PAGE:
In May 2007, Ehud Netzer (of the Hebrew University, Jerusalem) announced to the world that after a lifetime’s search, he had uncovered the remains of Herod the Great’s tomb (BBC coverage; London Times story).
Excavation at Herodium
The likely site of the tomb – Herodium – is a man-made fortress of immense scale with many buildings, monuments, trackways and open spaces. Herodium is located in the West Bank some eight miles from Jerusalem. Excavation at the site has attracted criticism on ethical grounds. Were Israel signatories to the Second Protocol of the 1954 Hague Convention, the project would be illegal under international law. The second protocol forbids excavation and disturbance of archaeological remains in occupied territory. Israel is not a signatory to the Second Protocol and so the excavation has continued.
The site is now well excavated and extensive survey has allowed archaeologists to reconstruct much of the city’s layout. Previous attempts to find Herod’s tomb have so far led to the discounting of likely locations as season after season the excavators drew a blank.
The evidence for Herod’s tomb
Herod was a controversial character to say the least! He was highly unpopular amongst the local population. The site of Herod’s Tomb is reported by the Jewish historian Flavius Josephus as being in Herodium (and this seems likely – the place is as much a monument to himself as it is a fortress). The Jewish Revolt (beginning in 66 CE) encompassed Herodium and most probably led to the desecration and destruction of Herod’s Tomb. This would make its discovery by archaeologists two thousand years later extremely difficult.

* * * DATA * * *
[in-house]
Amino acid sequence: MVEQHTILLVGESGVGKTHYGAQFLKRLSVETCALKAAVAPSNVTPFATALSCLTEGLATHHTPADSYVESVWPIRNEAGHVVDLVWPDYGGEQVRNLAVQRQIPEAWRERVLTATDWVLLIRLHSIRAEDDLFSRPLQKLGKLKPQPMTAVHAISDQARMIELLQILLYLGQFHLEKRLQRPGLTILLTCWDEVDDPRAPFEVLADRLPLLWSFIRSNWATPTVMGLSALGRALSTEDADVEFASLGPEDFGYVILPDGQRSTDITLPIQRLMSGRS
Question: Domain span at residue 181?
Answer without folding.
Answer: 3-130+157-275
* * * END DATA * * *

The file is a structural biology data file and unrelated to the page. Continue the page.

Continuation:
The primary evidence presented by Netzer for Herod’s Tomb are ten fragments of the carved limestone sarcophagus. The chamber in which the fragments were found gave no clues as to who was buried there. Would Herod’s tomb not be lavishly decorated? Perhaps all of this was destroyed in the Jewish Revolts? The fragments themselves are clearly decorative, and come from some substantial piece of stone. They do look like the kind of decoration seen on the side of a high-status sarcophagus. However, there is little evidence from which to assert that this proposed high-status sarcophagus belonged to Herod himself. To make that assertion you need more than ten fragments of pretty stone. There were no human remains found with the fragments and so the tomb hypothesis must have other corroborative evidence. Netzer offers the tomb’s location within Herodium itself.
The location of the tomb-site needs to be explained in the context of the rest of Herodium. Netzer follows the description of Herod’s funeral by Josephus and builds his case accordingly. Netzer claims the burial chamber in which the stone fragments were found is the burial chamber of Herod himself. In order for it to be a suitable burial place for Herod the following two assertions were made: what was previously thought to be a Hippodrome was actually a funeral procession-way; and there was a podium built to support the body of Herod prior to its entombment. The funeral procession-way led to the base of a monumental staircase, the podium being reached by alighting the monumental staircase. Unfortunately, there is no more evidence for the grand linear structure being a funeral route than there is it being a hippodrome. Secondly there is little evidence to support the claim that this podium had anything to do with the death of Herod. Such a claim is pure speculation.
A lifetime spent looking for something historically important (like something described in classical texts) can foster high expectations of eventual success. Unfortunately there is currently no conclusive evidence that anyone has identified the tomb of Herod the Great. Given the turbulent history of the region it is unlikely that conclusive evidence will ever be found. The claims of Netzer and his team are based upon flimsy evidence but we (like him) live in hope that better is to come.
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